FEATURED PRODUCT: Movable Structures

 

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The idea of a moving structure allows a user, with a little creativity, to protect 2 -3 times as much area with the same building and investment. It is a very simple concept as long as some basic guidelines are adhered to. It can be applied to many of our standard structures.

Please see our Movable Structures page for more information and don’t hesitate to call us with any questions regarding this unique application.

Photos & Video: Purlins, Windbraces & Crossties

IMPORTANT wind braces are the longer pipes, purlins are the shorter ones, Cross ties are optional, and they are the longest pipes you will get (pictured below, not here)

Installing Purlins

 

How to install windbraces video is on our YouTube Channel

Below are examples of structures with cross-ties, bars going across the peak for larger structures. These are optional to reinforce the structure. Please see the supplemental Cross-Ties page in the installation guide as well as additional notes below the photos

We’ve had a number of questions regarding cross ties being missing from orders. This isn’t the case, and is done on purpose because the last cross tie interferes with the end cover, so we ship the orders “short” on cross ties to compensate for this. We are sorry for any confusion this has caused and are happy to help you with any other installation questions you may have.

Cross ties, also known as collar ties, are a horizontal bar in a structure which ties the left and right side together. They are usually 3’ to 4’ down from the peak. The purpose of cross ties is to add load strength to the structure. Many people look at cross ties as a nuisance because of lost head space but they have a three fold benefit.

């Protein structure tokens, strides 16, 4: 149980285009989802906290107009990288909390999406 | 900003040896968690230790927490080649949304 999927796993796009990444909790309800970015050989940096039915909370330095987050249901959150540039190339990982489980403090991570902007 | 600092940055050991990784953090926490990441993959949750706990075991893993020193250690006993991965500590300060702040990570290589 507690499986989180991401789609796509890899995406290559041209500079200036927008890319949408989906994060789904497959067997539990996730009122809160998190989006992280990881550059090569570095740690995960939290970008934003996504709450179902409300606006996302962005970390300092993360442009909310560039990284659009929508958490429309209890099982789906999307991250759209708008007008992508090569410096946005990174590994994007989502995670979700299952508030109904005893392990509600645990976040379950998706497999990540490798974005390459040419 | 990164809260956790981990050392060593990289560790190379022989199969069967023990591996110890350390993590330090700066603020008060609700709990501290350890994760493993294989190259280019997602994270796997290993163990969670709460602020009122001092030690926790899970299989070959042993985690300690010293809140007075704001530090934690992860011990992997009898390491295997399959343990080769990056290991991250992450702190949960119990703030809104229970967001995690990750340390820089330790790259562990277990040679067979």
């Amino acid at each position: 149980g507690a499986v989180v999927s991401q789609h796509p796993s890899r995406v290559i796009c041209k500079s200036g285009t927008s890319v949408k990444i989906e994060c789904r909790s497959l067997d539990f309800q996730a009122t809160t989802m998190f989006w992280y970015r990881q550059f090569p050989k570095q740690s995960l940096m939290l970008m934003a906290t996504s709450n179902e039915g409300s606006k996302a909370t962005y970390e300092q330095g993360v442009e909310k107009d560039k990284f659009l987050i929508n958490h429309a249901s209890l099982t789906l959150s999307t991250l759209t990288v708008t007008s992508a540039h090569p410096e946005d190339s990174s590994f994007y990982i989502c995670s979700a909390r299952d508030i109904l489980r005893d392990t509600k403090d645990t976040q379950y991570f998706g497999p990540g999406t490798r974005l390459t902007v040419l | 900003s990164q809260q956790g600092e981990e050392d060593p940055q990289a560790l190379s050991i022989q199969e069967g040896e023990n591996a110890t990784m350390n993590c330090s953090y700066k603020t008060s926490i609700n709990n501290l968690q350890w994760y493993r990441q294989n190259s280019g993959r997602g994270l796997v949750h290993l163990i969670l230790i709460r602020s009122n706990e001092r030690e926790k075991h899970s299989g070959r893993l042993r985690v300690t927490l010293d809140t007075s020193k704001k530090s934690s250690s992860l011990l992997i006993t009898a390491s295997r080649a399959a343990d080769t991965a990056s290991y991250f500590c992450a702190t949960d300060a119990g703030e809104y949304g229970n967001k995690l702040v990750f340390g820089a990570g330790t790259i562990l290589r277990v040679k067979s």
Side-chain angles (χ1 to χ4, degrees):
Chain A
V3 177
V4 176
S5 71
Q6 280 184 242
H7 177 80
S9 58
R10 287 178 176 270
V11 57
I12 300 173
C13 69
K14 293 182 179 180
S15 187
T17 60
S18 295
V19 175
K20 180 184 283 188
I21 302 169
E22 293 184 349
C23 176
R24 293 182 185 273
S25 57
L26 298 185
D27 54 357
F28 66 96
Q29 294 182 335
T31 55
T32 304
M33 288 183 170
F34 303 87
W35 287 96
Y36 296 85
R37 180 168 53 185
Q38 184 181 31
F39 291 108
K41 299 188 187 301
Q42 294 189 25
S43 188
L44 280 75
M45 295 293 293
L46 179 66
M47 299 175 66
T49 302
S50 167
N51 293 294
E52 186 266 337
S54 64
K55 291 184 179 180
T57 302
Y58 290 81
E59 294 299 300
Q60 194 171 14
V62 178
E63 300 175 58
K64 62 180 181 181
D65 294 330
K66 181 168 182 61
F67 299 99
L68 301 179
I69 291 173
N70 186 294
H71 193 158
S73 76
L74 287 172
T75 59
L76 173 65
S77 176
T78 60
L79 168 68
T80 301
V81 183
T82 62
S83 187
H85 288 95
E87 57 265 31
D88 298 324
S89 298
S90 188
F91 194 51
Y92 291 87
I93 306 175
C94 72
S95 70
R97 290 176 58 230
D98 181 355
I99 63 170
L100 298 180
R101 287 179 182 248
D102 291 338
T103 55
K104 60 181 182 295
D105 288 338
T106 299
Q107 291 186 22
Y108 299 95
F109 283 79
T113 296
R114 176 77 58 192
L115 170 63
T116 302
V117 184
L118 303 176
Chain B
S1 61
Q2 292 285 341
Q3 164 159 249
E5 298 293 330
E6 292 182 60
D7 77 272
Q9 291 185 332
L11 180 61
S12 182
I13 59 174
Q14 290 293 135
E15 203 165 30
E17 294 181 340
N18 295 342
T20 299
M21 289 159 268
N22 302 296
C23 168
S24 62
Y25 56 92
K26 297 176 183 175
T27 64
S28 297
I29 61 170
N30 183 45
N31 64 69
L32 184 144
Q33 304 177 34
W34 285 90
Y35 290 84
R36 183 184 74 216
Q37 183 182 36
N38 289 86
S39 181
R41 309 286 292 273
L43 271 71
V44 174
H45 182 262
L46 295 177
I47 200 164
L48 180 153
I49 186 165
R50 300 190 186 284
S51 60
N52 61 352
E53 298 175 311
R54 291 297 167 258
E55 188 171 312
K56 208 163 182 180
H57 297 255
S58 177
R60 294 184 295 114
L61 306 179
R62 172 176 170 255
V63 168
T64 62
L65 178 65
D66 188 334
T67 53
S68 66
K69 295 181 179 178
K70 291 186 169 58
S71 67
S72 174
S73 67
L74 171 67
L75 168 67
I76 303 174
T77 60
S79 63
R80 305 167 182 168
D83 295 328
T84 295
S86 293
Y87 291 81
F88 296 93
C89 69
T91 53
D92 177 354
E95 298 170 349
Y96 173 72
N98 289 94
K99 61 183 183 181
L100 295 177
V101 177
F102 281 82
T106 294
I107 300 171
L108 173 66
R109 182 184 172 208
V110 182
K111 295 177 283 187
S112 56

• By forming the triangle at the peak you create benefit for the dead load which is usually snow load. The top can not come down when the sides can not spread.
  • By tying the left and right sides together, you create strength for the live load, commonly referred to as wind load. When the wind blows from the left, the right side holds it from pushing inward and vice versa.
  • Most importantly, it decreases the rocking motion which can stress a building over time.
  • The cross tie can also supply a very useful support area for things that need to be suspended.

It is important to remember that when you spread out the load you create strength.Photos & Video: Purlins, Windbraces & Crossties

Steel Volatility FAQ

Most of you are aware of all the rhetoric coming from south of the border regarding duties and tariffs which are threatened to be imposed on Canadian steel going south.

This obviously would have a significant impact for anyone from Canada who is exporting.

MSS is proud of the fact that our product is almost 100% Canadian manufactured. As such you may think that we would not be impacted by all this in a significant way.

That is not the case and the purpose of this post is to make you aware of the volatility presently in steel and aluminum.

The purpose of tariffs is to reduce incoming products and minimize competition (it is called “leveling the playing field”) so that steel mills will be running at higher levels of productivity.